Anthracnose stem blight of soybean
Anthracnose stem blight is caused by the fungus Colletotrichum truncatum, and is generally a late season disease prevalent on maturing soybeans. Irregularly shaped red to dark brown blotches on stems and petioles can appear during early reproductive stages. Petiole infection can result in a shepherd's crook (curling or "hooking" of plant tissue). Near maturity, black fungal bodies that produce small, black spines and spores are evident on infected stems, petioles, and pods.
Warm, wet weather favors infection and disease development.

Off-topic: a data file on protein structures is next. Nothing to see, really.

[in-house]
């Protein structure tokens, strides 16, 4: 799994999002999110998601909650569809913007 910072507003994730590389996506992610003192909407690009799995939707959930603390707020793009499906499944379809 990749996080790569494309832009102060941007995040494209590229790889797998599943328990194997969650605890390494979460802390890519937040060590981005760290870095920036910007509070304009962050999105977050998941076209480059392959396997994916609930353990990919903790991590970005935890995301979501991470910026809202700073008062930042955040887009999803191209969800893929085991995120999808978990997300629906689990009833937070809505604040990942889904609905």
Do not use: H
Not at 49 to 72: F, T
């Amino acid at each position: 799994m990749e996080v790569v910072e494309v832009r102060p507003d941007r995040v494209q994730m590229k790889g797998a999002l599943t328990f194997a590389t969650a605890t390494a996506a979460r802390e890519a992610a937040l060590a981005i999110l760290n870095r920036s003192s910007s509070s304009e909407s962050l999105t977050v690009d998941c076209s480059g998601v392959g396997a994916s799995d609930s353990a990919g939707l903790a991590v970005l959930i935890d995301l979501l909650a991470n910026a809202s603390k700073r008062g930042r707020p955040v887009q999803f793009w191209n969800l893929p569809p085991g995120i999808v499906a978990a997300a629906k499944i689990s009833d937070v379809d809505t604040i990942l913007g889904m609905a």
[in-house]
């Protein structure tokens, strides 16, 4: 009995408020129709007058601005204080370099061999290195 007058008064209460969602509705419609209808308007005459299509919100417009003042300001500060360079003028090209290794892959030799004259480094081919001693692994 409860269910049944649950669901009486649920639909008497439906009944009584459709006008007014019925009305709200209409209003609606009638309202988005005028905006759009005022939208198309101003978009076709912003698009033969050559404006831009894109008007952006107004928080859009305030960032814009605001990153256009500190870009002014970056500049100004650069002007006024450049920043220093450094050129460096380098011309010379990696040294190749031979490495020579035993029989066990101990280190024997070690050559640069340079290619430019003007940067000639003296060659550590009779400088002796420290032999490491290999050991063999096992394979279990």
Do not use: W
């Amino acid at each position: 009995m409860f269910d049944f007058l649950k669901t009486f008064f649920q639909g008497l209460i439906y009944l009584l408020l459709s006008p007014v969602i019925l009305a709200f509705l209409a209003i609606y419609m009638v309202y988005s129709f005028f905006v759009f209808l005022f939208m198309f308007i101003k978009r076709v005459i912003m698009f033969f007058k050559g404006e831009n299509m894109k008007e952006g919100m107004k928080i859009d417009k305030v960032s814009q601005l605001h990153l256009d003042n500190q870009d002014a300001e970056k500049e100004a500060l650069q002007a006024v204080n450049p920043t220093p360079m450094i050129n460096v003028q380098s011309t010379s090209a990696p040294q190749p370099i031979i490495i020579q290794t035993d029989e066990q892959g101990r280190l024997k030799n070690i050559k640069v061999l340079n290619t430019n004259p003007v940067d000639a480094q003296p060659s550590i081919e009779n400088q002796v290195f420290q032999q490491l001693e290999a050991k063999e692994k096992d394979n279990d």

Crop rotation and tillage can reduce inoculum. Foliar fungicides made during the early to mid-reproductive growth stages can reduce disease, although there are limited situations where fungicide use targeting anthracnose stem blight will be profitable. Early anthracnose stem blight stem lesion. Image: D. Mueller
Shepherd's crooking of foliage is a symptom of anthracnose stem blight. Image: D. Mueller